Nine Minute Moments

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In my last blog, I shared the painful struggle of being fired over 20 years ago. As a result, I began a 20+ year journey of learning to choose well, lead well, and finish well.

Being fired all those years ago was an incredibly painful experience. I lost confidence in my abilities, felt like a total failure, and simply wanted to crawl into a dark cave and lick my wounds. I seriously thought about giving up my YMCA career and starting all over in a new field. I had to make a choice. While on the surface the choice was between two career options, in reality it was a choice to either pull out of the self-criticizing death spiral I was in or let failure win. When you’re in the never ending cycle of defeating thoughts, it’s pure choice to replace those negative thoughts with ones that start to speak truth to your soul about who you are and Whose you are. Choose truth.

Last month, a former colleague and friend asked me to attend his retirement celebration. I put it on my calendar, but when the day arrived I started to hear excuses building in my head:

  • It would take 40 minutes to get downtown.
  • Parking would be atrocious.
  • I had so much to do, that not going would make my day much easier.

If this sounds familiar, it’s because I had wrestled with a very similar issue a couple of years ago and wrote about it. Yet here I was faced with the same choice. I had choose to remember the lesson I’d learned then – relationships trump to do lists. Choose relationship.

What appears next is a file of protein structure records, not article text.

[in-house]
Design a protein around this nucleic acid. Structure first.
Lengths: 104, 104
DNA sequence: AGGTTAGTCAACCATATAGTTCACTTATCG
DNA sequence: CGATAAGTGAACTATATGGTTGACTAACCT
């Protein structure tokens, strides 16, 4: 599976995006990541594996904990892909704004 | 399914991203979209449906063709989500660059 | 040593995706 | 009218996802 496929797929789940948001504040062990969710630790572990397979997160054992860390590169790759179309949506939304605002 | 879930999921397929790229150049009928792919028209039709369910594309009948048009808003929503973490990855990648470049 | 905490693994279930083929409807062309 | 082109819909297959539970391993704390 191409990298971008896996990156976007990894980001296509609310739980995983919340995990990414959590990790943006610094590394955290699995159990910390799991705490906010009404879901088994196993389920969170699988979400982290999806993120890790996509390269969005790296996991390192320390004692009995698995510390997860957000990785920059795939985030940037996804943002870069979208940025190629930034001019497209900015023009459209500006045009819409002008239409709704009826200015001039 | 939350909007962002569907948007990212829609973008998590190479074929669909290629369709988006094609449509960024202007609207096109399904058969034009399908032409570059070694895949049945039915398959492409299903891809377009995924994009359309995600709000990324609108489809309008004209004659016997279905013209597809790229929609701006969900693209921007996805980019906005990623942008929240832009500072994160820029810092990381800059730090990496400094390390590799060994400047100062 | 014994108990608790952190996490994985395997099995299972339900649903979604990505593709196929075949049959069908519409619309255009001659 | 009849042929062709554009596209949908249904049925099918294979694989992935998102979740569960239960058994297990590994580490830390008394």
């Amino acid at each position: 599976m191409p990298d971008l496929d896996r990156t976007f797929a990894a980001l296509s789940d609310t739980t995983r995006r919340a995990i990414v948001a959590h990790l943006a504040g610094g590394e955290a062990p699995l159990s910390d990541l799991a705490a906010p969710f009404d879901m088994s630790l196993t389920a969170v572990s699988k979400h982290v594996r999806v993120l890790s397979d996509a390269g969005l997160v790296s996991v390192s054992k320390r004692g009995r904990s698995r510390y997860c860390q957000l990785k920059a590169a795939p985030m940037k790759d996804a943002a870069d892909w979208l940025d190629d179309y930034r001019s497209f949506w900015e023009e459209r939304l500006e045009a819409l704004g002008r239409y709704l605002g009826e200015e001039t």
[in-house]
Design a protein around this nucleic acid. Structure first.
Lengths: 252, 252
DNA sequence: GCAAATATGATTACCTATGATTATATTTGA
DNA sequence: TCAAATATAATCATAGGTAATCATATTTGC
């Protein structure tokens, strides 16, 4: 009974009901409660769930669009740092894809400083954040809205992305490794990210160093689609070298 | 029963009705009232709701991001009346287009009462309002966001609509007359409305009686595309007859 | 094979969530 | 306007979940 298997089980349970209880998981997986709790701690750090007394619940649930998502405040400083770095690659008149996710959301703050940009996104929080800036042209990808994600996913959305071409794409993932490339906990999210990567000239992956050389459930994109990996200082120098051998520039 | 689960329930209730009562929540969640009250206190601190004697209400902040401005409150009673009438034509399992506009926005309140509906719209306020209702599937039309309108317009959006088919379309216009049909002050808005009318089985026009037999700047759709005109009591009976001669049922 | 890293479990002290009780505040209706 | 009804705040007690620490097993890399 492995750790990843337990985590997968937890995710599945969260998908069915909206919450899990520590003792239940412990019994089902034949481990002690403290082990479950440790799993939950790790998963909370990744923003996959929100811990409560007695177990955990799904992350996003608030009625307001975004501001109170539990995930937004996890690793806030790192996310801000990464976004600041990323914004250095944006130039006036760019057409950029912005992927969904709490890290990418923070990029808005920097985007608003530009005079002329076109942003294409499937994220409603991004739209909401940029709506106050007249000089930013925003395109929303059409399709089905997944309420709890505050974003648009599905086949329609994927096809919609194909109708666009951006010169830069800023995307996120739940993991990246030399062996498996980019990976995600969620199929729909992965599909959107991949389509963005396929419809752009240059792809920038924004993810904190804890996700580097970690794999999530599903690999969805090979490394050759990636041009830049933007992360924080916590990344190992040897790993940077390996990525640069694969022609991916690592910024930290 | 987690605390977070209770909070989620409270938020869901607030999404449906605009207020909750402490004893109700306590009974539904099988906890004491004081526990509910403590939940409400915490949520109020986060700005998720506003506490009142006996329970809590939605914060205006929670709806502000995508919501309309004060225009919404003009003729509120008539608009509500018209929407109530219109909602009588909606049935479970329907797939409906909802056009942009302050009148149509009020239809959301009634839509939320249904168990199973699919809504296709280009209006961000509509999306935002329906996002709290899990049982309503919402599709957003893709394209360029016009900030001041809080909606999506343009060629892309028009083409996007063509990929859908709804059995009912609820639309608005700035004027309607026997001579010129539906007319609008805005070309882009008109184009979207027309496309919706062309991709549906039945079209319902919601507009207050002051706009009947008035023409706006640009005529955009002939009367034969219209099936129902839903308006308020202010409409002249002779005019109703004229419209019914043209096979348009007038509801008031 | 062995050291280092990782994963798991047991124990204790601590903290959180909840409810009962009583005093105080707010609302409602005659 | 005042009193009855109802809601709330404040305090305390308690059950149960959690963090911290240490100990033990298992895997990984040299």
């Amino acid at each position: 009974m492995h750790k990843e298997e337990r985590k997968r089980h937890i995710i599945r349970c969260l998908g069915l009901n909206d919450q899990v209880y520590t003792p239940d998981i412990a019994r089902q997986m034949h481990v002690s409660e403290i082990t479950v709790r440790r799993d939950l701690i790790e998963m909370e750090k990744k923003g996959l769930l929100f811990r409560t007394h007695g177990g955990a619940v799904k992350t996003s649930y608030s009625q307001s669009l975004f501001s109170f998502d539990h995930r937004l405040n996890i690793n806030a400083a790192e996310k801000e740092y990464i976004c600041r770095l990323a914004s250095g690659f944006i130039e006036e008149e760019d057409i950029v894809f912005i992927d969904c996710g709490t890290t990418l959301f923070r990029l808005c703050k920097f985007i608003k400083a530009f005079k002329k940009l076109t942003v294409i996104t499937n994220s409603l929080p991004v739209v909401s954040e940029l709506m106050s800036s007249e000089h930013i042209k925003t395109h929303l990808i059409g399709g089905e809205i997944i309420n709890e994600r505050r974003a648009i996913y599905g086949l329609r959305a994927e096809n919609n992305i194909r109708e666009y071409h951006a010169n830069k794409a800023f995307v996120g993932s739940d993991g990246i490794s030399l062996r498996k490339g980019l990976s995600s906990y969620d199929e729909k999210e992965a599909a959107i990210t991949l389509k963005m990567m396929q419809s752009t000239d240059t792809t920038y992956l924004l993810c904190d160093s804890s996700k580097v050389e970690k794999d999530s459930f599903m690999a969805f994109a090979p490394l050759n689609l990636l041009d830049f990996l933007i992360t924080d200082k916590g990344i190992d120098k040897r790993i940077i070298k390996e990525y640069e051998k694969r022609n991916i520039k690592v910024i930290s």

Dan Webster is the founder of Authentic Leadership (www.authenticleadershipinc.com) and a mentor. He has a phrase he uses – nine-minute moments. If you add up all the seconds that first-string NFL players are actually blocking, tackling, throwing, etc,  the total live action in a game is 9-12 minutes. Yet they prepare physically, mentally, and strategically over 80 hours for that one contest in order to raise their potential to make a difference in the football game.

I relate that to our choices. Each and every day we make little choices that don’t seem to have much impact. We choose what meeting to attend, when to speak up, what we listen to, when to confront and when to avoid. The right small choices prepare us for our nine-minute moments. Those times are when relationships hang in the balance, when truth is challenged, when your gut is clenching and your heart pounding because you know making the difficult but right choice has huge consequences – personally and professionally.

What nine-minute moments are you facing? Choose well.